Objectives: Assess the degree to which research project findings were published and explore factors that influenced publication. Methods: Questionnaire to project leaders. Classification of publications and findings. Chi-squared; univariate and multivariate Cox regression analyses. Results: Forty percent of projects published in peer-reviewed journal; highly statistically significant relationships between publication in peer-reviewed journals and (1) projects in Responsive/Fellowships streams (p = .045); and (2) projects awarded >pound22,713 (p = .02); influence of study findings not statistically significant. Conclusions: Funders should consider the significant number of studies that did not result in publication and the higher rate of publication in peer-reviewed journals from some programs

    Predictive physiological anticipatory activity preceding seemingly unpredictable stimuli: An update of Mossbridge et al\u2019s meta-analysis

    Get PDF
    Background: This is an update of the Mossbridge et al\u2019s meta-analysis related to the physiological anticipation preceding seemingly unpredictable stimuli which overall effect size was 0.21; 95% Confidence Intervals: 0.13 - 0.29 Methods: Nineteen new peer and non-peer reviewed studies completed from January 2008 to June 2018 were retrieved describing a total of 27 experiments and 36 associated effect sizes. Results: The overall weighted effect size, estimated with a frequentist multilevel random model, was: 0.28; 95% Confidence Intervals: 0.18-0.38; the overall weighted effect size, estimated with a multilevel Bayesian model, was: 0.28; 95% Credible Intervals: 0.18-0.38. The weighted mean estimate of the effect size of peer reviewed studies was higher than that of non-peer reviewed studies, but with overlapped confidence intervals: Peer reviewed: 0.36; 95% Confidence Intervals: 0.26-0.47; Non-Peer reviewed: 0.22; 95% Confidence Intervals: 0.05-0.39. Similarly, the weighted mean estimate of the effect size of Preregistered studies was higher than that of Non-Preregistered studies: Preregistered: 0.31; 95% Confidence Intervals: 0.18-0.45; No-Preregistered: 0.24; 95% Confidence Intervals: 0.08-0.41. The statistical estimation of the publication bias by using the Copas selection model suggest that the main findings are not contaminated by publication bias. Conclusions: In summary, with this update, the main findings reported in Mossbridge et al\u2019s meta-analysis, are confirmed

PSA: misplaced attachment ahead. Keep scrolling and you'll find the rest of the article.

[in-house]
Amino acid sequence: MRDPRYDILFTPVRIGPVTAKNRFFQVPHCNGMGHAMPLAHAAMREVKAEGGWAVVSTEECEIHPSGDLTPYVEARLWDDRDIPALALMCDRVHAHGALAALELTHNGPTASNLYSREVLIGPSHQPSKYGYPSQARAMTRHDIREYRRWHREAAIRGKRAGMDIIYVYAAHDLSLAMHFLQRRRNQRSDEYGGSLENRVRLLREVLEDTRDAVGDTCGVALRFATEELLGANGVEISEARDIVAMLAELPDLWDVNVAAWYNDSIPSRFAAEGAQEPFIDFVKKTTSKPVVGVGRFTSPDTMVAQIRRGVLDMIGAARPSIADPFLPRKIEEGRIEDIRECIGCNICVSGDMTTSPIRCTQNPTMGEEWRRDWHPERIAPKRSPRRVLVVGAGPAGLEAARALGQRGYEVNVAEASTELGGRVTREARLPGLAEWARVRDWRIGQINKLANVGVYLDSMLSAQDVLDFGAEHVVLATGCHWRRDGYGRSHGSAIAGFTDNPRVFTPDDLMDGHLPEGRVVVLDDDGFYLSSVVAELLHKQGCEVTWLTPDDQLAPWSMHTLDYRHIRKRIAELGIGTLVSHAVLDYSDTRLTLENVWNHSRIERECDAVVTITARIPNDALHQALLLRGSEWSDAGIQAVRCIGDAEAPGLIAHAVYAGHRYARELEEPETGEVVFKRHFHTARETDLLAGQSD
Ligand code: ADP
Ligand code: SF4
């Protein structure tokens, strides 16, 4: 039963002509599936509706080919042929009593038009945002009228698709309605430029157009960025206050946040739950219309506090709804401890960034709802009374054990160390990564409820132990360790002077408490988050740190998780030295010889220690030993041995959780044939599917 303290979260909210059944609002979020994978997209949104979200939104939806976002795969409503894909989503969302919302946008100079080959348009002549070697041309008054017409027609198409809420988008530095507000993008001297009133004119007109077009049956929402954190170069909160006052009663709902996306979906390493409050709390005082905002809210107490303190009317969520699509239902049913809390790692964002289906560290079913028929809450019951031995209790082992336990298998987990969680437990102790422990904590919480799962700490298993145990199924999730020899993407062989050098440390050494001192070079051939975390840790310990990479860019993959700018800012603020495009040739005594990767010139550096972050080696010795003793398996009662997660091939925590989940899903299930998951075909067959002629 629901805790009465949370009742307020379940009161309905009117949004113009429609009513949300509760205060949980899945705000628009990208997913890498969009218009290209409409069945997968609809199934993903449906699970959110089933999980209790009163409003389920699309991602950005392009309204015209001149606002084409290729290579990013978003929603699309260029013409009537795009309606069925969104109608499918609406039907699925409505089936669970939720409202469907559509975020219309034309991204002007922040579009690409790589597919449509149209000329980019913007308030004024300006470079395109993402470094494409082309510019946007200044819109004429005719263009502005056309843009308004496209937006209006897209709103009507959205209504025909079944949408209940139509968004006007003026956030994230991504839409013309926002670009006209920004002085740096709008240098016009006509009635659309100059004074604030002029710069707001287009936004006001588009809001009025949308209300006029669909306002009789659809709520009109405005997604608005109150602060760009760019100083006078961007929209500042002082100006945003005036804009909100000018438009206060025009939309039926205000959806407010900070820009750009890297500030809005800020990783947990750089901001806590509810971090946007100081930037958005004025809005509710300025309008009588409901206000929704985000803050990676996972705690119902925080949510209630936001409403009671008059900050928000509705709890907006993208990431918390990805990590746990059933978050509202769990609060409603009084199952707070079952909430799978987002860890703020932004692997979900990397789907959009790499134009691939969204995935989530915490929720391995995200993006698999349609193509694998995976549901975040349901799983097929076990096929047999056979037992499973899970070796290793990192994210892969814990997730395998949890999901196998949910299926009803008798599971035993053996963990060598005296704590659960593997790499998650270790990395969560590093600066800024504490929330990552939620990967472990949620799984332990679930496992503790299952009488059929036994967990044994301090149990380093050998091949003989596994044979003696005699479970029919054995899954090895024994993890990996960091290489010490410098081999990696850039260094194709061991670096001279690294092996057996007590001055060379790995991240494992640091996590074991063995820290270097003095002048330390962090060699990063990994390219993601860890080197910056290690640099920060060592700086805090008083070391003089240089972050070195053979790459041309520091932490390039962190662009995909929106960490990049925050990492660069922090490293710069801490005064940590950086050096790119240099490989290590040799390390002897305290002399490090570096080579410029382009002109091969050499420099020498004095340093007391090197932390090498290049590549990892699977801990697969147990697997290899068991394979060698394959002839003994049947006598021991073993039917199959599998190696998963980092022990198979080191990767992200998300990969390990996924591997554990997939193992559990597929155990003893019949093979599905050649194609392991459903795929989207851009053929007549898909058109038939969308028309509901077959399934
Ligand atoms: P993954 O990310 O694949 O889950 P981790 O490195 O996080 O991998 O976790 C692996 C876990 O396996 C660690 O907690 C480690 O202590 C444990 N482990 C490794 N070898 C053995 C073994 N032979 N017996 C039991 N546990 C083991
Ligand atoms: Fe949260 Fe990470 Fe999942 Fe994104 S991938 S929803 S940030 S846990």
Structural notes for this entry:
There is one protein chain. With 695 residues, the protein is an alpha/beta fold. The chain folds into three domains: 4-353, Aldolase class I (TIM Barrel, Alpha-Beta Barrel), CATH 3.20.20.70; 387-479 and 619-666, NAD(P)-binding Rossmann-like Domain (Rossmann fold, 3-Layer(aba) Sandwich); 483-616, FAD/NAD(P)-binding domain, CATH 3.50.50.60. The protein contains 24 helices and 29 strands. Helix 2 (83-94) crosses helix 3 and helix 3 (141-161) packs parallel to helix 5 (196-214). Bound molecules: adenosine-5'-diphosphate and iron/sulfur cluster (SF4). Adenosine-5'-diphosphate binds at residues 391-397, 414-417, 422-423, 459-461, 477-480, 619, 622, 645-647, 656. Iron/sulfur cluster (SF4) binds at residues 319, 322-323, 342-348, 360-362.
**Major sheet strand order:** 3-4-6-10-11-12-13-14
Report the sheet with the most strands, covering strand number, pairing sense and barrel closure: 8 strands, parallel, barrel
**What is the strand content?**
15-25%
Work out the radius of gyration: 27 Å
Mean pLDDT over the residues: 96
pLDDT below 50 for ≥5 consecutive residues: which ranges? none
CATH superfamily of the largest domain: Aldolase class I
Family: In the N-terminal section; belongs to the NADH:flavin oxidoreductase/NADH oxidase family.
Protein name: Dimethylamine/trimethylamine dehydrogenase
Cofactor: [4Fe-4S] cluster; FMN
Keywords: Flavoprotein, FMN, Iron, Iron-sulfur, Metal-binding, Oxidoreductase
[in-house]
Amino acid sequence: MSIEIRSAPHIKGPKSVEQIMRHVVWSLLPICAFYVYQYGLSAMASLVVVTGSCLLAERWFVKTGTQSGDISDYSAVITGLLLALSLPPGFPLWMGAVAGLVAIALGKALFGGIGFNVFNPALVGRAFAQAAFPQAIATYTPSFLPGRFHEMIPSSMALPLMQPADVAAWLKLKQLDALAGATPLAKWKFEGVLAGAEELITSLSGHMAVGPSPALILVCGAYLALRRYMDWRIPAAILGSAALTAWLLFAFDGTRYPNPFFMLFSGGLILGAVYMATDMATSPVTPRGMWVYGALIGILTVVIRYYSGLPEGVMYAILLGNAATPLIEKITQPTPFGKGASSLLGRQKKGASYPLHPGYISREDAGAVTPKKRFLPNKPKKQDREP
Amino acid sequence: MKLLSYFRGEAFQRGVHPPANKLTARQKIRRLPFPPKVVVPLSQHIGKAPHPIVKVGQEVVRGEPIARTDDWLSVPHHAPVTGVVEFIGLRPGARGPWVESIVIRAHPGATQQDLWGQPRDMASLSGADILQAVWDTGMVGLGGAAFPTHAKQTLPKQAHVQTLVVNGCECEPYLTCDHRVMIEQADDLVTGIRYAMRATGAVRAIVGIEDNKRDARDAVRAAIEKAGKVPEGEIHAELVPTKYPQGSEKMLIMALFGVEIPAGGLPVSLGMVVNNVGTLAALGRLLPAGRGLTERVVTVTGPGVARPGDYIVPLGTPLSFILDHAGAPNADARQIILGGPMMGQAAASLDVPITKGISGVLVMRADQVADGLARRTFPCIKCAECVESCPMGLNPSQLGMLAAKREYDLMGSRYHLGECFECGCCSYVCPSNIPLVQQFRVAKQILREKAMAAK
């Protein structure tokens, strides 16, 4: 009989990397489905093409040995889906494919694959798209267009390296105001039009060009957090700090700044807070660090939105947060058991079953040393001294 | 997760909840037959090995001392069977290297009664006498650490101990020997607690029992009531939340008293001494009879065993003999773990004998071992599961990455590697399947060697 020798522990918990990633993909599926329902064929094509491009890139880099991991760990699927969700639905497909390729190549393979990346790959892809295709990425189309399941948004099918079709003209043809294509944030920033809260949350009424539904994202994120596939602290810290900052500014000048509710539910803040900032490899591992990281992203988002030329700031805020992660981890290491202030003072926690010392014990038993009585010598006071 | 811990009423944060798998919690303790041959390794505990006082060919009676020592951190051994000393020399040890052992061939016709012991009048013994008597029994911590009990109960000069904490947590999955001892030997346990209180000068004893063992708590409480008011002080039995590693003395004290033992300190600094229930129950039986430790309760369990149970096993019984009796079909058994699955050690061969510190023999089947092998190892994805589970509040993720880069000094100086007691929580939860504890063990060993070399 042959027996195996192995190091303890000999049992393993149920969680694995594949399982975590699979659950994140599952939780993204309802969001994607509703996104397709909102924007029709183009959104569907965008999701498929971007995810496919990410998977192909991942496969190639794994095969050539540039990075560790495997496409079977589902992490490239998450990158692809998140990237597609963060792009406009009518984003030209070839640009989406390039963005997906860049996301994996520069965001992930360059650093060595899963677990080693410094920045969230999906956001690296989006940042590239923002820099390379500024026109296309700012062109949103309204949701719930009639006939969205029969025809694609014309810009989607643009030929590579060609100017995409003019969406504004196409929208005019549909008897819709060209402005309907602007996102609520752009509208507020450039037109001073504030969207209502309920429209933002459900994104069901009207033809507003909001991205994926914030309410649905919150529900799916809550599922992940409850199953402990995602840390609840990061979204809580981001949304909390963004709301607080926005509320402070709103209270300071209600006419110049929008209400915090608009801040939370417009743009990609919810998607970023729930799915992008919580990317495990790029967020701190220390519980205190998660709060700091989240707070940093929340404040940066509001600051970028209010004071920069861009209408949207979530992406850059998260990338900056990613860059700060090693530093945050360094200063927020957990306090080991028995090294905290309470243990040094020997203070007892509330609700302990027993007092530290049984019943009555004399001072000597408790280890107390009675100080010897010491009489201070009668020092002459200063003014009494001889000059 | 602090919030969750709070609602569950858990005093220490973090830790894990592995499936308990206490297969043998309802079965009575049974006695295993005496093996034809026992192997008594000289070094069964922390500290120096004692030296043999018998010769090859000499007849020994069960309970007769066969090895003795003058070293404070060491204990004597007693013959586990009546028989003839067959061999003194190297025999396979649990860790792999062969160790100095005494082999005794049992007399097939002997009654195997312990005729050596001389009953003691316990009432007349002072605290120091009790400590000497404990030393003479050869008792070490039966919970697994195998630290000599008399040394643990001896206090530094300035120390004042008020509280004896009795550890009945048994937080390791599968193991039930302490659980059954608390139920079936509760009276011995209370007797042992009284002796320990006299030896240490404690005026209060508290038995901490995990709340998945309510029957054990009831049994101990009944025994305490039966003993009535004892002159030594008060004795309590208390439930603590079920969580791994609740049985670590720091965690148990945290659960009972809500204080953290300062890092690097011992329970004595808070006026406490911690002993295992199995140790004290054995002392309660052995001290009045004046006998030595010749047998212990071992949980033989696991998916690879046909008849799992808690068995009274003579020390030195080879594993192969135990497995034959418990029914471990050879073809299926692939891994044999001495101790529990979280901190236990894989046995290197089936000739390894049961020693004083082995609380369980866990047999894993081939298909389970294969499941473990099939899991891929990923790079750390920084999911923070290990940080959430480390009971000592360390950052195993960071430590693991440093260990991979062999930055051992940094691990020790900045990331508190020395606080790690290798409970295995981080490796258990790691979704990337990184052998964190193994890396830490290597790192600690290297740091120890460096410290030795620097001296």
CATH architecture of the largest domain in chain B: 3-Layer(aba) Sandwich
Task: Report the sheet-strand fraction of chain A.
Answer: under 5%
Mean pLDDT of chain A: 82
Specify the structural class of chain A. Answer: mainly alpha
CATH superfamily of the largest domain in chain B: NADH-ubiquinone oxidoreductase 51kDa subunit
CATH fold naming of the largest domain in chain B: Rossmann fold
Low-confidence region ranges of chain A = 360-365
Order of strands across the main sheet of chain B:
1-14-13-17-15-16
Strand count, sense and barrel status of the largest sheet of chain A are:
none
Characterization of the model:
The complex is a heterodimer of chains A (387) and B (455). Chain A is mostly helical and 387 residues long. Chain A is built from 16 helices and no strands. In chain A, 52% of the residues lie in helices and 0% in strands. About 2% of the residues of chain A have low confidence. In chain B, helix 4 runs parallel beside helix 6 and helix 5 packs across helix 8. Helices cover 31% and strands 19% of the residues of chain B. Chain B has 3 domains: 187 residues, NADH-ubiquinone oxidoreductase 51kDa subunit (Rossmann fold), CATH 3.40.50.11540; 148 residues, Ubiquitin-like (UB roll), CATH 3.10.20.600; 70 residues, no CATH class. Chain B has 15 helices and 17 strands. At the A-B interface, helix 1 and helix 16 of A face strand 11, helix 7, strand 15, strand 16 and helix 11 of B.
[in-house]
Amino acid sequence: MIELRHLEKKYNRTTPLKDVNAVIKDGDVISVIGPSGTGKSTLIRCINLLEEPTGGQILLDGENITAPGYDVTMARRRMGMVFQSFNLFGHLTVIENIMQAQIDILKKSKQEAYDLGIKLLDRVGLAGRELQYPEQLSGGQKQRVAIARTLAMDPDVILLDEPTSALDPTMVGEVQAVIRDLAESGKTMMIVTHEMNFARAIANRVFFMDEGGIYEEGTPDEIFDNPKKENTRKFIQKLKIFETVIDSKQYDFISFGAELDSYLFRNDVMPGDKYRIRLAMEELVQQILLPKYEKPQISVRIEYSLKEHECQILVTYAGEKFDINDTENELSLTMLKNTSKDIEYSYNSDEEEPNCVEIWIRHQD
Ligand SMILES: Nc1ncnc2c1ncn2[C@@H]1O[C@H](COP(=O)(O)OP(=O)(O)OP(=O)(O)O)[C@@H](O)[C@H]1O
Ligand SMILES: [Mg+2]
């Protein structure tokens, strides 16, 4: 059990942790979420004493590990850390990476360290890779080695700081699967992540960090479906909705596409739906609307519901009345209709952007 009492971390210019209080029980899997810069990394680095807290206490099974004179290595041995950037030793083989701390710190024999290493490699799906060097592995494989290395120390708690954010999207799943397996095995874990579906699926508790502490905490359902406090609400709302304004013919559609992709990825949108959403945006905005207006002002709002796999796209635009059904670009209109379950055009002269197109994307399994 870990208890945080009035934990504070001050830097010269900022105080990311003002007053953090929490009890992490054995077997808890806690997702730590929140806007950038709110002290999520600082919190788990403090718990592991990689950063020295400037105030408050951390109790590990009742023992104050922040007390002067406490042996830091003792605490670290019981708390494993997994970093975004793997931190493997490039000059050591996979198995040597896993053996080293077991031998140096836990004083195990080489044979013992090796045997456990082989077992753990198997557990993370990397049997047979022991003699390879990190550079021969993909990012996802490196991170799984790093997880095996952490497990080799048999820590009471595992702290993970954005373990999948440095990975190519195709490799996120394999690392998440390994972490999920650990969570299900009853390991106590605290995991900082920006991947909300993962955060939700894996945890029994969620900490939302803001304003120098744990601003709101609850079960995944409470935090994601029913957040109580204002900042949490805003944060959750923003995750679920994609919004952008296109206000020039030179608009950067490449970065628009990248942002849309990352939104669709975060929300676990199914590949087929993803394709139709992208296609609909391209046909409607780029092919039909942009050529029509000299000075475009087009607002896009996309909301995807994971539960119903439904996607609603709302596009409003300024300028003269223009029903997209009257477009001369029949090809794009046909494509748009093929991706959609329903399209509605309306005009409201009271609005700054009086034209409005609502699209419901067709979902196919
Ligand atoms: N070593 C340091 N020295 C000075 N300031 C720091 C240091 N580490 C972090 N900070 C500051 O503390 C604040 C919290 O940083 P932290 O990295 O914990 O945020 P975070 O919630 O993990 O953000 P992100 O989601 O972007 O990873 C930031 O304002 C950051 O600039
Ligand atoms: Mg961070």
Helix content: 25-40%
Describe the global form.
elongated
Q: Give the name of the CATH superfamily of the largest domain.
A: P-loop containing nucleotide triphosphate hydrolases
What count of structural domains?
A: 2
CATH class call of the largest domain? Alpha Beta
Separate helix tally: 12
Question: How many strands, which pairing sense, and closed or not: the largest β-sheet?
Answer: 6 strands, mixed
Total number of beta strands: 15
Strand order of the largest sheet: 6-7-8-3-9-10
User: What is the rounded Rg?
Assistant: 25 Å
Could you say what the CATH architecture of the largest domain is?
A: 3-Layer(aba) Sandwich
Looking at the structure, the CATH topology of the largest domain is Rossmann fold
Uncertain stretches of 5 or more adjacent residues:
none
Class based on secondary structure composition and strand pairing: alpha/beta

Carbon Dioxide Splitting: A Summary of the Peer-Reviewed Scientific Literature

    Get PDF
    Increasing concentrations of carbon dioxide (CO2) in the atmosphere have stimulated significant global research and development efforts regarding the reduction in CO2 emissions from all point and non-point sources. In addition to technologies that do not use carbon feedstocks or which capture and &#x22;permanently&#x22; store CO2 (i.e., sequestration), there is considerable worldwide interest among the academic, industrial, and government communities regarding methods for dissociating waste stream carbon dioxide molecules into their constituent carbon and oxygen (&#x22;CO2 splitting&#x22;) atoms as a final &#x22;end-of-pipe&#x22; treatment option. The splitting of carbon dioxide has also been actively discussed and researched in the space exploration and extraterrestrial colonization programs for several decades. This document summarizes the peer-reviewed open source scientific literature regarding carbon dioxide splitting
    • …
    corecore